The nature of the boreal forest: Governmentality and forest-nature

Andrew Baldwin

Research output: Contribution to journalArticlepeer-review


This article addresses the ontological status of nature in environmental politics by taking up the question of sustainable forest management in the Canadian boreal. In particular, it draws from Michel Foucault's notion of governmentality to argue that the historicity of "forest-nature" is indispensable for understanding the politics of sustainable forest management. In the end, it is argued that recent efforts to politicize the boreal should be regarded as an exercise of knowledge/power that rerepresents the boreal as a space of community and land stewardship, climate regulation, and biological diversity promotion, as opposed to simply a passive space of resource extraction. The article concludes by addressing some of the political implications of forest-nature for the practice of everyday life. ©2003 Sage Publications.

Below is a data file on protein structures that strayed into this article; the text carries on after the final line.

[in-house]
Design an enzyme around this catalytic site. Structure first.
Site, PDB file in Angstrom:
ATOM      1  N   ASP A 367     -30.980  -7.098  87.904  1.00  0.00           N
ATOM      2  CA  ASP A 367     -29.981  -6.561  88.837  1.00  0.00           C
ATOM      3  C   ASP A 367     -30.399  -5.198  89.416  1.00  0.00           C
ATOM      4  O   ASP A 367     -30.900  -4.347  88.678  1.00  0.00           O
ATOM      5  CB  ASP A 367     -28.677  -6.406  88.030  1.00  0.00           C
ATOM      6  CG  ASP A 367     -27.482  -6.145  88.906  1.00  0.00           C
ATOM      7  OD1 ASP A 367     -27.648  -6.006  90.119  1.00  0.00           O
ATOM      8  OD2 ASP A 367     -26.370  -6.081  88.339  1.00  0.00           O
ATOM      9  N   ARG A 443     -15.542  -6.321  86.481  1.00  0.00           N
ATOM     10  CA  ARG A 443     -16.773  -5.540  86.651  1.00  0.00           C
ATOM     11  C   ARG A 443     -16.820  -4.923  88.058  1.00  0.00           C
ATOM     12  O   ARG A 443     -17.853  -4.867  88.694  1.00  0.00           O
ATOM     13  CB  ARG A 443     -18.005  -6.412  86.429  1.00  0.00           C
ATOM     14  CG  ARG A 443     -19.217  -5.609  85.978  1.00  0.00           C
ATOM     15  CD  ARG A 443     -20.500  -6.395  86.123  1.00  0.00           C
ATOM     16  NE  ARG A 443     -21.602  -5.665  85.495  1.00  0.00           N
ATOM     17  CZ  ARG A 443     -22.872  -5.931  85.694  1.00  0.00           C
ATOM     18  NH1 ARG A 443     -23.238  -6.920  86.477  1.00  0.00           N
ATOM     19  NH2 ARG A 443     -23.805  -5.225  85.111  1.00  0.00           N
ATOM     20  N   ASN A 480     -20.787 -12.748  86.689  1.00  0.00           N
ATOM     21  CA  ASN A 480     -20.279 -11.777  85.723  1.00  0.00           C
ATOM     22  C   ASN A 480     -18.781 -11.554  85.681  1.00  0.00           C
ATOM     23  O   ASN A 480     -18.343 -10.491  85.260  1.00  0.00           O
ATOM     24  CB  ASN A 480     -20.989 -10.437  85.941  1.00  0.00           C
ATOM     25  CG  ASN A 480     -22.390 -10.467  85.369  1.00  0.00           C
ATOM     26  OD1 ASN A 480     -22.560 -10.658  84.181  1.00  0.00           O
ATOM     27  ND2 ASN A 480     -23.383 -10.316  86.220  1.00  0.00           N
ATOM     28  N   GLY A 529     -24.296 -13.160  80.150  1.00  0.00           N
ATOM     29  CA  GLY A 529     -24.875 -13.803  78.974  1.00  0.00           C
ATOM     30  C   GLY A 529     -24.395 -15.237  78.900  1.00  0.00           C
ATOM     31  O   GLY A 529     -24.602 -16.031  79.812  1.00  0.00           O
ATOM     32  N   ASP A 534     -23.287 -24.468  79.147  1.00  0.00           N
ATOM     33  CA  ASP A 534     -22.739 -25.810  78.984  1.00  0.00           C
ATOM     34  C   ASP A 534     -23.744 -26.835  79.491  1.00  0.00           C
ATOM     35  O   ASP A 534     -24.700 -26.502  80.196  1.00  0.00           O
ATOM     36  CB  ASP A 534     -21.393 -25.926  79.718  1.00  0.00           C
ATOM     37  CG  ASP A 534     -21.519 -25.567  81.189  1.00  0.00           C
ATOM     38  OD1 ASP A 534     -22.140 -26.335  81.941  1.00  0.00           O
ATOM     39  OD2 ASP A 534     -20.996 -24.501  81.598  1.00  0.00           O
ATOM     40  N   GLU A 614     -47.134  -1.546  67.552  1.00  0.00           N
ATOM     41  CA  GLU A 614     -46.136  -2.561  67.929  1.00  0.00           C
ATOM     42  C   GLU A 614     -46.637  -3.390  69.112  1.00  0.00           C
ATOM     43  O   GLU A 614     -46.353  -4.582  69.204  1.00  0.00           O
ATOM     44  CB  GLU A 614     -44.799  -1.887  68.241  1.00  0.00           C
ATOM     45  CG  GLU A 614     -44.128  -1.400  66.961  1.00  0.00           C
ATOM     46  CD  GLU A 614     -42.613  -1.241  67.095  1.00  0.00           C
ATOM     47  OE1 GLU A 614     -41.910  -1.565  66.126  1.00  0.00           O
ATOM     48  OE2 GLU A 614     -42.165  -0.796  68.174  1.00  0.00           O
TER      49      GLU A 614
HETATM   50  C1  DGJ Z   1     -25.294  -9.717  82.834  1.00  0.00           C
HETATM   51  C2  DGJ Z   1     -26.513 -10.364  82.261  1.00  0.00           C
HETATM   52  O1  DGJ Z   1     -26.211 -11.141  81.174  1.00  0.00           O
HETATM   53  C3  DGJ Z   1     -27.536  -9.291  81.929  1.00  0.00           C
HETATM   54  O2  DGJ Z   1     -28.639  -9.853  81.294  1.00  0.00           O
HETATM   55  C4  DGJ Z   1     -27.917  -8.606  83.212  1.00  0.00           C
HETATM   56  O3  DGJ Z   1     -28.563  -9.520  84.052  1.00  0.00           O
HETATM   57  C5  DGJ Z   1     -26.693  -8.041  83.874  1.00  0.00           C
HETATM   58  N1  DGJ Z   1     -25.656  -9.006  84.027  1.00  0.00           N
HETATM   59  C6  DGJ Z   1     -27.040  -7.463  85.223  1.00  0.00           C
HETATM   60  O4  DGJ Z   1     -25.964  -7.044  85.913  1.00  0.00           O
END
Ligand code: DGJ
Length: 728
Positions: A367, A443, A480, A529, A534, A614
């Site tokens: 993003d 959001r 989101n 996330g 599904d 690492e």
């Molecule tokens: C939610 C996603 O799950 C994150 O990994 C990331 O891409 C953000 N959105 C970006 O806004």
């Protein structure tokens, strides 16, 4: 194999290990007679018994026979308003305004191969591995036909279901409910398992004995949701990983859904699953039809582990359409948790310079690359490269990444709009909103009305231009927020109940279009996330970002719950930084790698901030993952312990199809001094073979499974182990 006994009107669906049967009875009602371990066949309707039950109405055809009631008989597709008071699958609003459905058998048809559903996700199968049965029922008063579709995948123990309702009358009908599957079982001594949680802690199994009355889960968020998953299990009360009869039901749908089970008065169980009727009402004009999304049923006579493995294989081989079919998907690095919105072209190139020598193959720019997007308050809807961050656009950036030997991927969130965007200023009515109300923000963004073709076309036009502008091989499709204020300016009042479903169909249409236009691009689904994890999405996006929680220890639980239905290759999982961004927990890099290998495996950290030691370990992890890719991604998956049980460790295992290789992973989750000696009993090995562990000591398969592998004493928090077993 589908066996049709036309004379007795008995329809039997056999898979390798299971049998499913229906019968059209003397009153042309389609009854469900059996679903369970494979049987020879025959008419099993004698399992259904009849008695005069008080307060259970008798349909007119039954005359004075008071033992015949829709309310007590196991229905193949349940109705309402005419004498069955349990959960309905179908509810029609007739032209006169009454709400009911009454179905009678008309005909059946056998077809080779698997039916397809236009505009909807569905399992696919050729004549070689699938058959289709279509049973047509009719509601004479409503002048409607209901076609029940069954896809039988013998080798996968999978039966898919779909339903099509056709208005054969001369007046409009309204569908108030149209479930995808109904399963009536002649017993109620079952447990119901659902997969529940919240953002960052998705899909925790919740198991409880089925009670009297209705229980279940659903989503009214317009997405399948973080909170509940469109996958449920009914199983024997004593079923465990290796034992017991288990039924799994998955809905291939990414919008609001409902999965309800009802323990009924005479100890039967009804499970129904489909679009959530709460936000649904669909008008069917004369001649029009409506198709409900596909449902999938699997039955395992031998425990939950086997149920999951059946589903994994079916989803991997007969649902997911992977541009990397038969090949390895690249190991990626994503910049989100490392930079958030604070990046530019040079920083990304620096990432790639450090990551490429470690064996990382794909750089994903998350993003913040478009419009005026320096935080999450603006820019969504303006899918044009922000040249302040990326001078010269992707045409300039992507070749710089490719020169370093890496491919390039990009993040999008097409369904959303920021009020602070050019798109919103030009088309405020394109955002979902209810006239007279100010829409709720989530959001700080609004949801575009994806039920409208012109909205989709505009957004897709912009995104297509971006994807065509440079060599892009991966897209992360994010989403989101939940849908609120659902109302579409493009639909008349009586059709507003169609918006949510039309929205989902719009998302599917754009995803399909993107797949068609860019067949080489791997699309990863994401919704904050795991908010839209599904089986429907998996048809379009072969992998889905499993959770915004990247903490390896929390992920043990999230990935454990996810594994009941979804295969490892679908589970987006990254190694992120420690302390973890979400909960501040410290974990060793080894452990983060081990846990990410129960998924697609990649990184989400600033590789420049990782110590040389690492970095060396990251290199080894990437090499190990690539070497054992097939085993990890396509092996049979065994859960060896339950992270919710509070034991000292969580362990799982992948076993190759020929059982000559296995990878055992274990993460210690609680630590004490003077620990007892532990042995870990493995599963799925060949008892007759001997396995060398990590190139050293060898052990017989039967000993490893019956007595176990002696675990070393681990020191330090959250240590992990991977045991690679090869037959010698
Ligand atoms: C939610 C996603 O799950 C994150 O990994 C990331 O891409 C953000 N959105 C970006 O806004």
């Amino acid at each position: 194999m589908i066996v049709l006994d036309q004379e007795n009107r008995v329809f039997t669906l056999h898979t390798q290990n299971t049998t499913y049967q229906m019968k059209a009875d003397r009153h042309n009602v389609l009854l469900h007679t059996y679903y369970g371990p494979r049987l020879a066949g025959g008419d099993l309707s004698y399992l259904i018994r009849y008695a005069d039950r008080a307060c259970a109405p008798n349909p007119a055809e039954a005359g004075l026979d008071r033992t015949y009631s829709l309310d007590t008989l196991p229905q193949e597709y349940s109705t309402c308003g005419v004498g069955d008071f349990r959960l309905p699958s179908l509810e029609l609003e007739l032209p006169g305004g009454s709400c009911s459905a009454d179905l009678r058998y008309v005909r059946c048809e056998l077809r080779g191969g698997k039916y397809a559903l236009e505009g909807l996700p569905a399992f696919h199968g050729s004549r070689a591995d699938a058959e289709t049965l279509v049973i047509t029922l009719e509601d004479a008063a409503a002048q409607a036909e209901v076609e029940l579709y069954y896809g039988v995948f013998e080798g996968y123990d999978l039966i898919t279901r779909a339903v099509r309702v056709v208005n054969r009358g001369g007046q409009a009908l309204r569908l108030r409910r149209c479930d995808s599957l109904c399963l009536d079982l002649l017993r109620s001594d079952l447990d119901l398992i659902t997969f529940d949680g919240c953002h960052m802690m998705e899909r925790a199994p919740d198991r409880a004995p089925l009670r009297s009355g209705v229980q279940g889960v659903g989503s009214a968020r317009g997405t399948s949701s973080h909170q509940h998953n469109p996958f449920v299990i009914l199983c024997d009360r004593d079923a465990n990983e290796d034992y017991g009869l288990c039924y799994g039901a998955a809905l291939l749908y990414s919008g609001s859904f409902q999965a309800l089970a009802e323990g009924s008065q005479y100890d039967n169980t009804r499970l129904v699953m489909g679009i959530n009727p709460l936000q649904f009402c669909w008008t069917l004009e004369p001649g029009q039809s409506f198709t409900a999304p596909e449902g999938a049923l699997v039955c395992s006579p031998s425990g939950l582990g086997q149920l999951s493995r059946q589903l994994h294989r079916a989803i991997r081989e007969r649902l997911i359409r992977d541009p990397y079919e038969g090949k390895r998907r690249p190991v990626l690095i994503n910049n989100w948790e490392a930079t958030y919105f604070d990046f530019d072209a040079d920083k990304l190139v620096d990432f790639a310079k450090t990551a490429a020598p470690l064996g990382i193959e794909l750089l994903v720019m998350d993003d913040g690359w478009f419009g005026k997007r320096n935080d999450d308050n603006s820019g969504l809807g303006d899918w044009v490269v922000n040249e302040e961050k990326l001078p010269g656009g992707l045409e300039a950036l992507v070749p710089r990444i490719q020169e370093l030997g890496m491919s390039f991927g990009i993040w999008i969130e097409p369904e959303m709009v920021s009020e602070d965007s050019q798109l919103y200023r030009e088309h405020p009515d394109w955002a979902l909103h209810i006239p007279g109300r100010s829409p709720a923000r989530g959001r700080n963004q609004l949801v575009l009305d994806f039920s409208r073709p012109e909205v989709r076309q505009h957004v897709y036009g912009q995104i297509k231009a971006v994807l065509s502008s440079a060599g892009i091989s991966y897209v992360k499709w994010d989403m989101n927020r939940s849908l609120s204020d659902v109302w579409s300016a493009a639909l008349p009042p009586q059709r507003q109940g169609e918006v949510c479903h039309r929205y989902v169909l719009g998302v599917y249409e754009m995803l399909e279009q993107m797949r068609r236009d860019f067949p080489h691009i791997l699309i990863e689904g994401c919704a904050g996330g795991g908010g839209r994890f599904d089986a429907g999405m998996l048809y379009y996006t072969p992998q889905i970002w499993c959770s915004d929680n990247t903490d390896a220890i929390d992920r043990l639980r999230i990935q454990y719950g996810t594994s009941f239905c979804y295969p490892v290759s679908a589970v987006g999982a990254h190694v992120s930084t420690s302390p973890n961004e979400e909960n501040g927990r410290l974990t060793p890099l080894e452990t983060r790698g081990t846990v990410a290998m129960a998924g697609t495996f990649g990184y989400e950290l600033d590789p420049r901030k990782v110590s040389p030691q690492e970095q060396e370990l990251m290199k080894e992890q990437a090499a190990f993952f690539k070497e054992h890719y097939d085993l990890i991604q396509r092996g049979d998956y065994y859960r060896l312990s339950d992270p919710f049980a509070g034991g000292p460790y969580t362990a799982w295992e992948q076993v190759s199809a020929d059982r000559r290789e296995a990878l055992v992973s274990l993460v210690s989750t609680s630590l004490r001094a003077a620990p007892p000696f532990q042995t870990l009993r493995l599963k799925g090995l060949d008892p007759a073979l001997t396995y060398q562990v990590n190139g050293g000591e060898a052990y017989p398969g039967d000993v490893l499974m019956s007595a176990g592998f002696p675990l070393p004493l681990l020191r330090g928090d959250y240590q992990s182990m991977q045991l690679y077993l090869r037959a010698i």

Original languageEnglish
Pages (from-to)415-428
Number of pages13
JournalSpace and Culture
Issue number4
Publication statusPublished - 2003


  • Boreal forest
  • Cultural geography
  • Governmentality
  • Hybrid nature
  • Management
  • Sustainable forest


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